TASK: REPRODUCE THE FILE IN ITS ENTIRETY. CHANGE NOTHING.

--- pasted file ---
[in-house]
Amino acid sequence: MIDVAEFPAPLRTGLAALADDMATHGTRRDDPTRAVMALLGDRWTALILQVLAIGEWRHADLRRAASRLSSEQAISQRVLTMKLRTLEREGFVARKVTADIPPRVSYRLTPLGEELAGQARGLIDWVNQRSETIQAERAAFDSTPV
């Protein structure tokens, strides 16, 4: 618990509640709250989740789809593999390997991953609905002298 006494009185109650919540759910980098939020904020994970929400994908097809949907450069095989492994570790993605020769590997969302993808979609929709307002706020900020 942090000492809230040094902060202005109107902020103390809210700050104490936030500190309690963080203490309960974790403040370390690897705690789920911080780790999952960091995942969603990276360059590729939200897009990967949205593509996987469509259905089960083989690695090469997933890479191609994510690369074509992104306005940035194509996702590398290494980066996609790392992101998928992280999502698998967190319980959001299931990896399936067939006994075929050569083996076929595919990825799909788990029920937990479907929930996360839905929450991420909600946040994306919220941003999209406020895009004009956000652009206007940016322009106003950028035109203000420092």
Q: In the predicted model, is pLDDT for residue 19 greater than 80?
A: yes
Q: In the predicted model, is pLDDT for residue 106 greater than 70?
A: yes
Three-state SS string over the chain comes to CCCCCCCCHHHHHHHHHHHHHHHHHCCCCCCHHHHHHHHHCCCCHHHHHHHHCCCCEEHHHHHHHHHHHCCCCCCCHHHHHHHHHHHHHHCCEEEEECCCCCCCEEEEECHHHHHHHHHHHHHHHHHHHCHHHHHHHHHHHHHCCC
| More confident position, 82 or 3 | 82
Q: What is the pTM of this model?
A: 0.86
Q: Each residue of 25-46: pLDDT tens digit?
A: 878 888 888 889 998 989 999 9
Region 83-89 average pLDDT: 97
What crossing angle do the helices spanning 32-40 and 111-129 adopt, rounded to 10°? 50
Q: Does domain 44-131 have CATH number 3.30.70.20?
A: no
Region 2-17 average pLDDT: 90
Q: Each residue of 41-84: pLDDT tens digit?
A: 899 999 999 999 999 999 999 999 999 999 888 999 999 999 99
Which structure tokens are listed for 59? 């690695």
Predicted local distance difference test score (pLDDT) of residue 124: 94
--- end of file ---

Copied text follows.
[in-house]
Amino acid sequence: MIDVAEFPAPLRTGLAALADDMATHGTRRDDPTRAVMALLGDRWTALILQVLAIGEWRHADLRRAASRLSSEQAISQRVLTMKLRTLEREGFVARKVTADIPPRVSYRLTPLGEELAGQARGLIDWVNQRSETIQAERAAFDSTPV
């Protein structure tokens, strides 16, 4: 618990509640709250989740789809593999390997991953609905002298 006494009185109650919540759910980098939020904020994970929400994908097809949907450069095989492994570790993605020769590997969302993808979609929709307002706020900020 942090000492809230040094902060202005109107902020103390809210700050104490936030500190309690963080203490309960974790403040370390690897705690789920911080780790999952960091995942969603990276360059590729939200897009990967949205593509996987469509259905089960083989690695090469997933890479191609994510690369074509992104306005940035194509996702590398290494980066996609790392992101998928992280999502698998967190319980959001299931990896399936067939006994075929050569083996076929595919990825799909788990029920937990479907929930996360839905929450991420909600946040994306919220941003999209406020895009004009956000652009206007940016322009106003950028035109203000420092």
Q: In the predicted model, is pLDDT for residue 19 greater than 80?
A: yes
Q: In the predicted model, is pLDDT for residue 106 greater than 70?
A: yes
Three-state SS string over the chain comes to CCCCCCCCHHHHHHHHHHHHHHHHHCCCCCCHHHHHHHHHCCCCHHHHHHHHCCCCEEHHHHHHHHHHHCCCCCCCHHHHHHHHHHHHHHCCEEEEECCCCCCCEEEEECHHHHHHHHHHHHHHHHHHHCHHHHHHHHHHHHHCCC
| More confident position, 82 or 3 | 82
Q: What is the pTM of this model?
A: 0.86
Q: Each residue of 25-46: pLDDT tens digit?
A: 878 888 888 889 998 989 999 9
Region 83-89 average pLDDT: 97
What crossing angle do the helices spanning 32-40 and 111-129 adopt, rounded to 10°? 50
Q: Does domain 44-131 have CATH number 3.30.70.20?
A: no
Region 2-17 average pLDDT: 90
Q: Each residue of 41-84: pLDDT tens digit?
A: 899 999 999 999 999 999 999 999 999 999 888 999 999 999 99
Which structure tokens are listed for 59? 């690695």
Predicted local distance difference test score (pLDDT) of residue 124: 94